results you get when running a Pearson's correlation might not be valid. This is why
we dedicate a number of sections of our enhanced Pearson's correlation guide to help
you get this right. You can find out about our enhanced content as a whole here, or
more specifically, learn how we help with testing assumptions here.
In the section, Procedure, we illustrate the SPSS procedure to perform a Pearsons
correlation assuming that no assumptions have been violated. First, we set out the
example we use to explain the Pearsons correlation procedure in SPSS.

A researcher wants to know whether a person's height is related to how well they
perform in a long jump. The researcher recruited untrained individuals from the
general population, measured their height and had them perform a long jump. The
researcher then investigated whether there is an association between height and long
jump performance.

Setup in SPSS
In SPSS, we created two variables so that we could enter our data: Height (i.e., the
person's height) and Jump_Dist (i.e., long jump distance). In our enhanced Pearson's
correlation guide, we show you how to correctly enter data in SPSS to run a Pearson's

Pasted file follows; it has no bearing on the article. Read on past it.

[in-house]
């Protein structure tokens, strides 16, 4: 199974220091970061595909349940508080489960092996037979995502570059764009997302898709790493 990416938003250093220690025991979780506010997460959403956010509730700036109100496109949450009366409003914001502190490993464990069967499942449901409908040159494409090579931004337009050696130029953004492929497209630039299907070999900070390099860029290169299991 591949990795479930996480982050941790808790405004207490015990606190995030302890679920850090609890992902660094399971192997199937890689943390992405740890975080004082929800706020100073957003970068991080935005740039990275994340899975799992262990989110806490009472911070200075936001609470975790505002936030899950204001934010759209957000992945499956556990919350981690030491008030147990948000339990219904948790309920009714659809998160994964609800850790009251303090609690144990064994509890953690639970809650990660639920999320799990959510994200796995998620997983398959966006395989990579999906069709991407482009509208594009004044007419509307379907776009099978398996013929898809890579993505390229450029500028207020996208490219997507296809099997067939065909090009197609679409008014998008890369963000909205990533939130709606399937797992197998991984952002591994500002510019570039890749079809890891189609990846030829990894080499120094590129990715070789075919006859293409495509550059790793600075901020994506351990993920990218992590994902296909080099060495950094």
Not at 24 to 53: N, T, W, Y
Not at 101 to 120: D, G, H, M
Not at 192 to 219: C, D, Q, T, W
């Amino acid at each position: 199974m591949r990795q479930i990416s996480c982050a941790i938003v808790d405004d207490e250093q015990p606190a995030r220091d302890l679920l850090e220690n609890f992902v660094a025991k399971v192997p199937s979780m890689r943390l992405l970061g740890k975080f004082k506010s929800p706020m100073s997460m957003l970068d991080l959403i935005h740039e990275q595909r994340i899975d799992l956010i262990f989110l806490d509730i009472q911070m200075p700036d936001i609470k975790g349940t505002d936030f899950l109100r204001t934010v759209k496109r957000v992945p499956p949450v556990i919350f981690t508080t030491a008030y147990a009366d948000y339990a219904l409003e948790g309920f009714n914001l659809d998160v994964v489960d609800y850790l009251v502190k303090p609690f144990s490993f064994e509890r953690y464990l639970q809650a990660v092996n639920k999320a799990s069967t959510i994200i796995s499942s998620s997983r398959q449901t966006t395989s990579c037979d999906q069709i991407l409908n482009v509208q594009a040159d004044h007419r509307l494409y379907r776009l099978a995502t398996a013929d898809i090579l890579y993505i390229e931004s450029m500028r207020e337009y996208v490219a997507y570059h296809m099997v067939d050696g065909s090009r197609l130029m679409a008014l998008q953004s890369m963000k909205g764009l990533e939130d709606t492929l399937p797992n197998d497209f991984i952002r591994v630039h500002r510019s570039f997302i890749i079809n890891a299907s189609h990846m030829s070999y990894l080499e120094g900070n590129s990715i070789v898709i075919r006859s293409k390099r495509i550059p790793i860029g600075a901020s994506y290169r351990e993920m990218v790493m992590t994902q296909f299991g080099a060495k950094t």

correlation. You can learn about our enhanced data setup content here. Alternately, we
have a generic, "quick start" guide to show you how to enter data into SPSS,
available here.

Test Procedure in SPSS

The six steps below show you how to analyse your data using Pearsons correlation in
SPSS when none of the four assumptions in the previous section, Assumptions, have
been violated. At the end of these six steps, we show you how to interpret the results
from this test. If you are looking for help to make sure your data meets assumptions
#2, #3 and #4, which are required when using Pearsons correlations, and can be
tested using SPSS, you can learn more about our enhanced guides here.

Click Analyze > Correlate > Bivariate... on the menu system as shown below:

Published with written permission from SPSS Inc., an IBM Company.

You will be presented with the following screen:

Published with written permission from SPSS Inc., an IBM Company.

Transfer the variables Height and Jump_Dist into the Variables: box by dragging-and-dropping or
by clicking the

button. You will end up with a screen similar to the one below:

Published with written permission from SPSS Inc., an IBM Company.

Note: If you study involves calculating more than one correlation and you want to carry out
these correlations at the same time, we show you how to do this in our enhanced Pearsons
correlation guide. We also show you how to write up the results from multiple correlations.

Make sure that the Pearson tickbox is checked under the -Correlation Coefficients- area (although it
is selected by default in SPSS).

Click the
button. If you wish to generate some descriptives, you can do it here by
clicking on the relevant tickbox under the-Statistics- area.

Published with written permission from SPSS Inc., an IBM Company.

Click the